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I just wanted to share my experiences of studying for and taking the PMP certification which I passed yesterday afternoon (19th July).
Over a period of about 10 years I had taken several project management related training courses both classroom based and e-learning. When I came to study for the PMP exam I found some of the material familiar and so my approach was much more on a revision basis for many topics than truly learning something for the first time.
I tried reading this cover to cover on several occasions but found that I could easily get distracted and find something better to do... the contents while important are a little dry. The approach that worked best for me was to use it more as a reference to dip in and out of while using other materials.
This fantastic resource provided my entertainment on the train to and from work over the period of several weeks. As far as learning resources go it is delivered in an engaging manner and in a way that instils confidence. Worth every penny!
Rita Mulcahy's PMP Exam Prep Book
This book I followed cover to cover and whilst I didn't complete every exercise I did make sure to complete each set of end of chapter questions. My approach to each chapter was to first take the test, see how well I did, read the chapter and then take the test again the following day. A few days before the PMP exam I returned to this book and re-read some chapters that I felt less confident about and re-did the tests for several chapters. Contrary to other views I have read on the web, I would say that the questions are on a par with the difficulty level of the exam.
What worked for me....
- not memorising ITTO's etc. (lifes too short)
- really taking on board Rita's PMIisms
- adopting the suggested 'mindset' when reading and answering the exam questions, regardless of how this compares to any real life experience.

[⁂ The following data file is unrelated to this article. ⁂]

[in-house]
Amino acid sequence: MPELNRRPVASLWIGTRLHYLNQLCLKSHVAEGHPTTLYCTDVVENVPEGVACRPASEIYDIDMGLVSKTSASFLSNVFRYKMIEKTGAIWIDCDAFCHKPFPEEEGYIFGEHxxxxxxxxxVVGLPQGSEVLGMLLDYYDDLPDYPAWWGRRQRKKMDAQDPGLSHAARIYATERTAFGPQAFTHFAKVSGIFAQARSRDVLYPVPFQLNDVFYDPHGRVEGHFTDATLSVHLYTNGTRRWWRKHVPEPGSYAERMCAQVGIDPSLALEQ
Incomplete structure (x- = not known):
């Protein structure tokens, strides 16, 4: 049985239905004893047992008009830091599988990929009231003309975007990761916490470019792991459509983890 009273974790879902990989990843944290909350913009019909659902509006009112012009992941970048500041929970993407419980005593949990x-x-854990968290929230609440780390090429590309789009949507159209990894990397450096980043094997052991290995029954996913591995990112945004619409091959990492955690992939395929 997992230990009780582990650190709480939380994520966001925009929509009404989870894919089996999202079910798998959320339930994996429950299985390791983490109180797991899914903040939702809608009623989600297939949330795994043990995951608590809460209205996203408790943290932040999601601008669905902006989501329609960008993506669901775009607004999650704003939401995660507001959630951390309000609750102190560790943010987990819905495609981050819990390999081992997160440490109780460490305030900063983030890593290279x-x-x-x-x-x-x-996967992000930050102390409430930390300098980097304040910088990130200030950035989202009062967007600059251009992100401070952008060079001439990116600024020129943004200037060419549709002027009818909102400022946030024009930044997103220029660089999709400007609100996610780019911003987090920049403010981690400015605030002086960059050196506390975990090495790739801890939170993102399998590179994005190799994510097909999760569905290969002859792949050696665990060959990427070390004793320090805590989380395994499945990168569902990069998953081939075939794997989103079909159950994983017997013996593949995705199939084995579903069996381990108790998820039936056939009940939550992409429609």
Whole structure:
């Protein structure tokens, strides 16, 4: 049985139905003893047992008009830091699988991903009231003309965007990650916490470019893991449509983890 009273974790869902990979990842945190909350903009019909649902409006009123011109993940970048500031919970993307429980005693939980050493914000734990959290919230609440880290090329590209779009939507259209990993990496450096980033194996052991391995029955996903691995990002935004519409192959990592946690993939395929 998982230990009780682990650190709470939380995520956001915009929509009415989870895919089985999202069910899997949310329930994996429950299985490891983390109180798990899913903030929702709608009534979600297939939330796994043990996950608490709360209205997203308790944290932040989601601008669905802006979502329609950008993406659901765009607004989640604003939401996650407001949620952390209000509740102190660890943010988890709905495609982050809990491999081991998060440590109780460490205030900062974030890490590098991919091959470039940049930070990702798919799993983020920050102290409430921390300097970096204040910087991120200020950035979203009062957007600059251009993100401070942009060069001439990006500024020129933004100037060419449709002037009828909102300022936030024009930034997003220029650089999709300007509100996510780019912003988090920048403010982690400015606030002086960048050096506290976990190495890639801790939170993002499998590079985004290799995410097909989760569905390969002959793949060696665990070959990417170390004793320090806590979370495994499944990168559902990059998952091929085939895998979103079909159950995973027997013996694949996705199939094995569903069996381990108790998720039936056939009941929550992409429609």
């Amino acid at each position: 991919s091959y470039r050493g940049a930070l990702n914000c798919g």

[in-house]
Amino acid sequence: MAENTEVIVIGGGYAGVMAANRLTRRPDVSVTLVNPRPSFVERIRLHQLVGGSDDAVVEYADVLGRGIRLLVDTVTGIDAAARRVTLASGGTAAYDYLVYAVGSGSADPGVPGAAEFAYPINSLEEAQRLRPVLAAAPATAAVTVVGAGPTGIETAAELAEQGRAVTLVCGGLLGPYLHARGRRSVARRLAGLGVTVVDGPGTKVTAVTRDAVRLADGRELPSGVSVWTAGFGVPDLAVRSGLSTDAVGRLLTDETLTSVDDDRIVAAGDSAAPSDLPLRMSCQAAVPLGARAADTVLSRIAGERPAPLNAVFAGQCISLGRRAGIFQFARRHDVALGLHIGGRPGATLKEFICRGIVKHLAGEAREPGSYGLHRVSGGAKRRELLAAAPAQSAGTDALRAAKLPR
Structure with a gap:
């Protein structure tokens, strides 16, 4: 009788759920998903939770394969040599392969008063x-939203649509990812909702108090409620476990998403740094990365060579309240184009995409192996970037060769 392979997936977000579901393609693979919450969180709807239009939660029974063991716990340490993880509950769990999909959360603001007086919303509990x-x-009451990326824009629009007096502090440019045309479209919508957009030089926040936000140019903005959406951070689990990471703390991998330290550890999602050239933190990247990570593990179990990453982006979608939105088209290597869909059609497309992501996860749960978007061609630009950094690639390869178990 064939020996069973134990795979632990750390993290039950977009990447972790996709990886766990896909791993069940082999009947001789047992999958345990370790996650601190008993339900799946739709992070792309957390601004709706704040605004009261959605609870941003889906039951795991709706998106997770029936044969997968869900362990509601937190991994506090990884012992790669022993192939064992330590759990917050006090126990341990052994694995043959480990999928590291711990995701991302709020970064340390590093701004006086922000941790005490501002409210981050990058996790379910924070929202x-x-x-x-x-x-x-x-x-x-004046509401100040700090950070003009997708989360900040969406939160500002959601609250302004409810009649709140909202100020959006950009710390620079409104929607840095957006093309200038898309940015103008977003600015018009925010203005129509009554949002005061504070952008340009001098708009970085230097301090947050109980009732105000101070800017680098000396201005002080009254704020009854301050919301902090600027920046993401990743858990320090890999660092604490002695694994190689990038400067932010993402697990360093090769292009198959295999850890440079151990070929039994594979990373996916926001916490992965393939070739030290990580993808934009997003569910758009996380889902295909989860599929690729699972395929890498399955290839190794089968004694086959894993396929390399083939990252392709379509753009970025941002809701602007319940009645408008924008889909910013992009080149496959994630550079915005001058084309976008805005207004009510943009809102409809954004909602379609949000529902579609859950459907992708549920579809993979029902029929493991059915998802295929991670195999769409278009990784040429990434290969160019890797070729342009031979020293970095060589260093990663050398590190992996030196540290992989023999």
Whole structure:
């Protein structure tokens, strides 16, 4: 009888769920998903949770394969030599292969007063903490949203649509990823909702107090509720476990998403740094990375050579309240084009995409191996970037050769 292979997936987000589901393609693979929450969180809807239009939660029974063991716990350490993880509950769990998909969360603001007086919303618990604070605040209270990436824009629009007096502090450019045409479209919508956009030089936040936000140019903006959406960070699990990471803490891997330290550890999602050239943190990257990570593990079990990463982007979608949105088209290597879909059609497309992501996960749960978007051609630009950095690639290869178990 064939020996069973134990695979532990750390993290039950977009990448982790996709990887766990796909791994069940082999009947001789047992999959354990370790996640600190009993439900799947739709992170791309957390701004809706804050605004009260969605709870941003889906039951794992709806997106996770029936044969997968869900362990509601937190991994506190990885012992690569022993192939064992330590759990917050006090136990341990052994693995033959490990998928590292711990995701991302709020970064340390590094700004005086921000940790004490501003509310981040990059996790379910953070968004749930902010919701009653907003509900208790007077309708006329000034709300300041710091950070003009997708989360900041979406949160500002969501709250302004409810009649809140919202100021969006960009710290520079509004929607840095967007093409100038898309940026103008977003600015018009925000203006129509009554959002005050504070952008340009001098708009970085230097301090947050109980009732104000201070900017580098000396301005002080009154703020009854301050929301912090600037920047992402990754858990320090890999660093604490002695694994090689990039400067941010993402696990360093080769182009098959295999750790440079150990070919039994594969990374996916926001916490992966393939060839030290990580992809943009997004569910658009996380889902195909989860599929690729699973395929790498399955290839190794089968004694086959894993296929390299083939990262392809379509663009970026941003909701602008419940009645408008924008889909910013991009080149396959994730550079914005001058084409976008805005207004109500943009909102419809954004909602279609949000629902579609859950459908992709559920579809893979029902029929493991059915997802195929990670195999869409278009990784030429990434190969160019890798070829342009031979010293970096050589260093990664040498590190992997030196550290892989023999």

- memorising a basic list of formulas to brain dump before starting the exam. I probably ended up using about a third of them but it did help my confidence prior to the exam to go through the memorisation process and on the day to write everything out was a chance to calm down (my pencil was shaking when I first started but was much steadier after I had finished).
- working through the exam questions reasonably fast paced, answering any that were immediately obvious but not spending too long thinking of an answer if I was unsure or needed time to think. The questions that I didnt answer on the first pass (approx 50) were all marked for review.
- made a second pass of 'incomplete' questions taking more time to consider my answer. Where I was sure of my selection unmarking for review.
- made a final pass of all 'marked' questions to rethink my answers.
- I would have to admit to making one or two random guesses during the exam where questions were related to things I simply had no clue about.
- although I had brought some supplies in case of taking a break... redbull, water, snacks etc. I had already decided to try and take the exam in one sitting. Every now and again I would rest my eyes for a while but once I was in a flow I didn't want to stop. It took about 2.5 hours to complete the exam.
Good luck to anybody working their way towards PMP certification themselves!
This interview with Simona Fallavollita (LinkedIn Profile) was recorded at the magnificient Project Management Institute (PMI)® Global Conference 2017 in Chicago, Illinois. We discuss the how, what, why and when of the changes that are coming to the PMP exam.